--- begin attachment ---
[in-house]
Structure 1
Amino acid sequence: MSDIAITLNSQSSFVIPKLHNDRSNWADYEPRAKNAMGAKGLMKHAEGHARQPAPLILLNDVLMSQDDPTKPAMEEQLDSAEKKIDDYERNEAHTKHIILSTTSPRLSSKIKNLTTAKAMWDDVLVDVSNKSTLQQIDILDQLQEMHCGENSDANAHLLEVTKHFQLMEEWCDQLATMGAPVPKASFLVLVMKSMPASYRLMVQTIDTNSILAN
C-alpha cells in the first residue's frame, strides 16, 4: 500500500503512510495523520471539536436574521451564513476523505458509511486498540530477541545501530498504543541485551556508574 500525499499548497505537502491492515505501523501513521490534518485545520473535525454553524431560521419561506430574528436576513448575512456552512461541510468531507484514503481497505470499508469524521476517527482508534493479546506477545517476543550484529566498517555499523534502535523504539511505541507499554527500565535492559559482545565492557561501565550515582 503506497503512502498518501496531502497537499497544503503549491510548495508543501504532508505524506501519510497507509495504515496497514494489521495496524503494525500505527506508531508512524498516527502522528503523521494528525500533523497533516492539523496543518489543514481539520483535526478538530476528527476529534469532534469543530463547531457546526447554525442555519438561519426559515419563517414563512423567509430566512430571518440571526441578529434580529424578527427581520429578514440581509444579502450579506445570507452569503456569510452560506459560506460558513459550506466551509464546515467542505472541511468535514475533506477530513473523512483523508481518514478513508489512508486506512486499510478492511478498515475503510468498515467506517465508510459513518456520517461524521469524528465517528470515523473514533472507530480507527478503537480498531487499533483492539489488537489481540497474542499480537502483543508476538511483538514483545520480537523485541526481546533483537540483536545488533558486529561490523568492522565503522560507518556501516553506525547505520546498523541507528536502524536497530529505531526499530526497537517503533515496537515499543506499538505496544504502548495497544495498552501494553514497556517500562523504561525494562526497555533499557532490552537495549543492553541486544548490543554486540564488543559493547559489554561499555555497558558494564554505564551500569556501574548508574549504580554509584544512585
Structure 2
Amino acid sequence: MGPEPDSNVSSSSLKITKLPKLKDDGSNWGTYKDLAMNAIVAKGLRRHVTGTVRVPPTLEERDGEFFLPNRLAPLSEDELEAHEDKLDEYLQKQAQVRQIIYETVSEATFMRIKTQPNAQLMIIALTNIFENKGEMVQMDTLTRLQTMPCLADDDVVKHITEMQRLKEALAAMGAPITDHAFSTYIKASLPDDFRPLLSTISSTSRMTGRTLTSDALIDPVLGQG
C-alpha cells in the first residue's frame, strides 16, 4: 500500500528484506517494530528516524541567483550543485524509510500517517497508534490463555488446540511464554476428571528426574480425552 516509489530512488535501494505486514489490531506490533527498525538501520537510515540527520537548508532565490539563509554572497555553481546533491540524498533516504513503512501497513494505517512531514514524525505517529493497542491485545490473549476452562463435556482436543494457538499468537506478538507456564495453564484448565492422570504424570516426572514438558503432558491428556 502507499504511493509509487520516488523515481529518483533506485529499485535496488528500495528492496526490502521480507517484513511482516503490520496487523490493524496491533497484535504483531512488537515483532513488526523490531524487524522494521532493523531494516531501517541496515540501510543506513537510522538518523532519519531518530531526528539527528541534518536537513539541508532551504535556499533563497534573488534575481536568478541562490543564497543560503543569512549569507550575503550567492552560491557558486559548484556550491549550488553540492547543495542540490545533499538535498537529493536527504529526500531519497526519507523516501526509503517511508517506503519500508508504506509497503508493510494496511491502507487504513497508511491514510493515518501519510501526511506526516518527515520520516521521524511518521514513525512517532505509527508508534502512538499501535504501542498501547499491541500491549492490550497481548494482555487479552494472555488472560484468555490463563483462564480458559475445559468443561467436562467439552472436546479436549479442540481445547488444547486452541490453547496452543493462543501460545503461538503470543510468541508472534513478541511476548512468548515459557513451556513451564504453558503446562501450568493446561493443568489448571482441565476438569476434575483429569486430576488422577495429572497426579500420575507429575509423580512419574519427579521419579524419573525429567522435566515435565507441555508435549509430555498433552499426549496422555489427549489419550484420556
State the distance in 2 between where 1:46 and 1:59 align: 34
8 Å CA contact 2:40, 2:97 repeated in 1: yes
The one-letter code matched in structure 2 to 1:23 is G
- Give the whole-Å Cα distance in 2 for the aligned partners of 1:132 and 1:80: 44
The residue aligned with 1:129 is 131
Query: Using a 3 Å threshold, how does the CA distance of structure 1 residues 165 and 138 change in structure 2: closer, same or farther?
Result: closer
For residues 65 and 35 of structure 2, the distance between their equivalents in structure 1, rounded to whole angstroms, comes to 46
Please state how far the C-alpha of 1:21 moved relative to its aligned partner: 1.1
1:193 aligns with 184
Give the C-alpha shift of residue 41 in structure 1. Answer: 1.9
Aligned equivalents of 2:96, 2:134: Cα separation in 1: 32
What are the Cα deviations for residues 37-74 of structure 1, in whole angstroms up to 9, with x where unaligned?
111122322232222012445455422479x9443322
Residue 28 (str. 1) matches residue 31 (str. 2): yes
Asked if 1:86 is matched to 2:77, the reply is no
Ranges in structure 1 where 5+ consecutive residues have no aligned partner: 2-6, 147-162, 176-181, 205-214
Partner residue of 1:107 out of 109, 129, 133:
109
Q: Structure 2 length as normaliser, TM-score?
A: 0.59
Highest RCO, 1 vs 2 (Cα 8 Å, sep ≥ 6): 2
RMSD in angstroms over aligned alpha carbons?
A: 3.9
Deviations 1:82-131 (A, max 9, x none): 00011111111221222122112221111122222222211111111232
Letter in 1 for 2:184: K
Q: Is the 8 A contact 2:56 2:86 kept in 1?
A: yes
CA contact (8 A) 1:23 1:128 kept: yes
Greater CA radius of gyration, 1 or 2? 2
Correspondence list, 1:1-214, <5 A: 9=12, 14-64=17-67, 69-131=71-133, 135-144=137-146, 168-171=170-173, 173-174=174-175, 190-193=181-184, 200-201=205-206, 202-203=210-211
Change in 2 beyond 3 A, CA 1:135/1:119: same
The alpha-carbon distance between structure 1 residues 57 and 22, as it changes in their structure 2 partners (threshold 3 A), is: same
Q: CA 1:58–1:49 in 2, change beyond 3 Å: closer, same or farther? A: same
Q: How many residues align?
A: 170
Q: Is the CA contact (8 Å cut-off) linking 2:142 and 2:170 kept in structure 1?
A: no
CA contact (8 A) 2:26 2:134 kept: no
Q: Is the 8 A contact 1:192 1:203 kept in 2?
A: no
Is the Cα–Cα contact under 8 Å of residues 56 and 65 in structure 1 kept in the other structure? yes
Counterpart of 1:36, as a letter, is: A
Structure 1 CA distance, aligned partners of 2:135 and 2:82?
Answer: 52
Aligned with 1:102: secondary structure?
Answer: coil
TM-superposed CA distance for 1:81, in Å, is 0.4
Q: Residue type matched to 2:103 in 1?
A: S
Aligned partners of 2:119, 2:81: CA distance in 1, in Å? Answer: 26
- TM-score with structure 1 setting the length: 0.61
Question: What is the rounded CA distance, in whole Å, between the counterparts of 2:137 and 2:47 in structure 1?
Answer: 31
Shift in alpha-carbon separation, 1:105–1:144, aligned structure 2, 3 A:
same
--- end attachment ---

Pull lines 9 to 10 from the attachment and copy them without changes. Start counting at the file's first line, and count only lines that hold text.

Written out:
8 Å CA contact 2:40, 2:97 repeated in 1: yes
The one-letter code matched in structure 2 to 1:23 is G